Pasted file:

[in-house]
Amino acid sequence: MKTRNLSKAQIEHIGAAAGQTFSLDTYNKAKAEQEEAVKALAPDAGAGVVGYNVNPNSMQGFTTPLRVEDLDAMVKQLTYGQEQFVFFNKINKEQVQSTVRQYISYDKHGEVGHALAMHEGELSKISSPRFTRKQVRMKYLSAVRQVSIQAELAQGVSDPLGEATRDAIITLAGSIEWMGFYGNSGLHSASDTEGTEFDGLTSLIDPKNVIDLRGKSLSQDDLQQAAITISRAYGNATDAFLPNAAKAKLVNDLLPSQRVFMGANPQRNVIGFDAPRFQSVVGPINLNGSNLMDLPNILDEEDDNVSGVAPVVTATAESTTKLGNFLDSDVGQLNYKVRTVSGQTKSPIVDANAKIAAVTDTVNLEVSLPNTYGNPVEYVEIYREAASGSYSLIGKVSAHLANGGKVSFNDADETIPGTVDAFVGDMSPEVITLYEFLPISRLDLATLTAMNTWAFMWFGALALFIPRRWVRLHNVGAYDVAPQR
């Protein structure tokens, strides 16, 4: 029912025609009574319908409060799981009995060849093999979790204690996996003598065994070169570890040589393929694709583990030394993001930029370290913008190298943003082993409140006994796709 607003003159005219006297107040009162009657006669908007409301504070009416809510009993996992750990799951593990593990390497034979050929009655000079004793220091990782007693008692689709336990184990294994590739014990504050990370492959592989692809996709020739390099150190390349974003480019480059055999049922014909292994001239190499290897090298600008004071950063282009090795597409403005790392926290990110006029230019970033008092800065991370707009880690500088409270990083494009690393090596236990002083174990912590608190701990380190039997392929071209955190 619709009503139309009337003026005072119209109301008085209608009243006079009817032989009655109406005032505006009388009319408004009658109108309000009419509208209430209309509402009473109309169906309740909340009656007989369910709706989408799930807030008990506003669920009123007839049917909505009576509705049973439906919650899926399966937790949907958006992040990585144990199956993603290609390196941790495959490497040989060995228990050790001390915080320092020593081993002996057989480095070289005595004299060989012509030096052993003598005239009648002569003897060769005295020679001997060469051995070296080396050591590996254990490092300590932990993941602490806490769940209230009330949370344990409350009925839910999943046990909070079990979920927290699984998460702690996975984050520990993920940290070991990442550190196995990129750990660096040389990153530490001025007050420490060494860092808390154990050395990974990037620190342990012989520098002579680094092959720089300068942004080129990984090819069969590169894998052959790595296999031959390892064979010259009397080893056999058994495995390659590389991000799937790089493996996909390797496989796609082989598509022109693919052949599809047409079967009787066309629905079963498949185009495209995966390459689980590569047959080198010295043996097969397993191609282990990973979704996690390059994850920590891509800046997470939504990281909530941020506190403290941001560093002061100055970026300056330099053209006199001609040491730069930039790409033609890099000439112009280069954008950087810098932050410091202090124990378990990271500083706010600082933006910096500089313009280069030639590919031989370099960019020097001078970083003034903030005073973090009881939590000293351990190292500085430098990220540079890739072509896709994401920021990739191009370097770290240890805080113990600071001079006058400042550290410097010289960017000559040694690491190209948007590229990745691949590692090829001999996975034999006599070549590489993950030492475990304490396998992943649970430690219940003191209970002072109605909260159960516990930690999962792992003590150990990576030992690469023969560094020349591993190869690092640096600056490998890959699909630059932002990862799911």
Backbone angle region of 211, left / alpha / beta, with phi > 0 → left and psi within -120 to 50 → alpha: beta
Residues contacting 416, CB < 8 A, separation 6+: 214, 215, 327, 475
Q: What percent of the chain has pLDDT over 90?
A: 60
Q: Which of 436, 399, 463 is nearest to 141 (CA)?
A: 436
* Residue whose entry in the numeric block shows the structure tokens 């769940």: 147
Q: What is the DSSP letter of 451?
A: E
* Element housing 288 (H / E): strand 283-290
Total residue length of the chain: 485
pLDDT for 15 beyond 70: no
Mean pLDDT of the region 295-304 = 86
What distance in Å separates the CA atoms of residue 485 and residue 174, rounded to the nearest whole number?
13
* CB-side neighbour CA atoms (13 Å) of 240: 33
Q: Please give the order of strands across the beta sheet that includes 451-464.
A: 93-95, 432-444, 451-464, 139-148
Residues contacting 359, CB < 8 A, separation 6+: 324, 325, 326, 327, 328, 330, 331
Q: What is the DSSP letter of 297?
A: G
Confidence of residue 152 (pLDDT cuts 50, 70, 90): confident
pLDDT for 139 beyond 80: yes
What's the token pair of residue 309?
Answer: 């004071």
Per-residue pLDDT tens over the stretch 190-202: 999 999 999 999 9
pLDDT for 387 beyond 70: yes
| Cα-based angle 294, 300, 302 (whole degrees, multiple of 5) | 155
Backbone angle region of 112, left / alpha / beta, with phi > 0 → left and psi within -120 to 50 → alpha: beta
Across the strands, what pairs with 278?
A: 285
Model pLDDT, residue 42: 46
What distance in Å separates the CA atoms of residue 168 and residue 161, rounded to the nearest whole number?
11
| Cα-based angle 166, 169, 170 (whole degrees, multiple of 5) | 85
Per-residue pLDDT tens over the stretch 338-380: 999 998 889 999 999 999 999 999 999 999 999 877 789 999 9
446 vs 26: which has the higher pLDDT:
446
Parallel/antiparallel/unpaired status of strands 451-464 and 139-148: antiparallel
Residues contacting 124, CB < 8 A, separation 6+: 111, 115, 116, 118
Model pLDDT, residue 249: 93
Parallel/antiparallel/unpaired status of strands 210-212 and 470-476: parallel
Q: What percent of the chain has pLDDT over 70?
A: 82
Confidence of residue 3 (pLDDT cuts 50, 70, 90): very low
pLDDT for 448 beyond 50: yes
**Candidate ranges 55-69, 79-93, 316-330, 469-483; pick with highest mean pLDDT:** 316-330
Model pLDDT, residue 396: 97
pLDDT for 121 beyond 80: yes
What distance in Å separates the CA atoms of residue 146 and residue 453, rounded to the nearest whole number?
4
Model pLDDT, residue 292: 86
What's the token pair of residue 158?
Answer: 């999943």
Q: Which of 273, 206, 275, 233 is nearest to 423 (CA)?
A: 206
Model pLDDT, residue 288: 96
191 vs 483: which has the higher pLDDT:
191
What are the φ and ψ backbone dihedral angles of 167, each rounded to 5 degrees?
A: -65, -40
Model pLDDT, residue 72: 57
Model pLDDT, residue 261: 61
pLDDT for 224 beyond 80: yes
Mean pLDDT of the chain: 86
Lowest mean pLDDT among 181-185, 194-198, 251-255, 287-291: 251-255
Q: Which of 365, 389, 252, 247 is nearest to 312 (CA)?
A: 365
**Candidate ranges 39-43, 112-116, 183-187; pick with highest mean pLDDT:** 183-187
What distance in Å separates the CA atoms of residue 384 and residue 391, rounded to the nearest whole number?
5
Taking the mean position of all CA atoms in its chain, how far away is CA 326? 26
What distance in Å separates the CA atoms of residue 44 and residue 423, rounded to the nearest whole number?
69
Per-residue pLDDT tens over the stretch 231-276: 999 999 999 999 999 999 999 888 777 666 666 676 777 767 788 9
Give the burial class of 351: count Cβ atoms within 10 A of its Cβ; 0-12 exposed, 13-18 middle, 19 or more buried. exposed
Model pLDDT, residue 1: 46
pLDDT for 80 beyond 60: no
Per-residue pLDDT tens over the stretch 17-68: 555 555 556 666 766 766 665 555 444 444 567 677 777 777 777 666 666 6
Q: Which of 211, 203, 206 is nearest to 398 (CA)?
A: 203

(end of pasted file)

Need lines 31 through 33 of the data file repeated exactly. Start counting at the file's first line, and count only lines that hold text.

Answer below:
| Cα-based angle 294, 300, 302 (whole degrees, multiple of 5) | 155
Backbone angle region of 112, left / alpha / beta, with phi > 0 → left and psi within -120 to 50 → alpha: beta
Across the strands, what pairs with 278?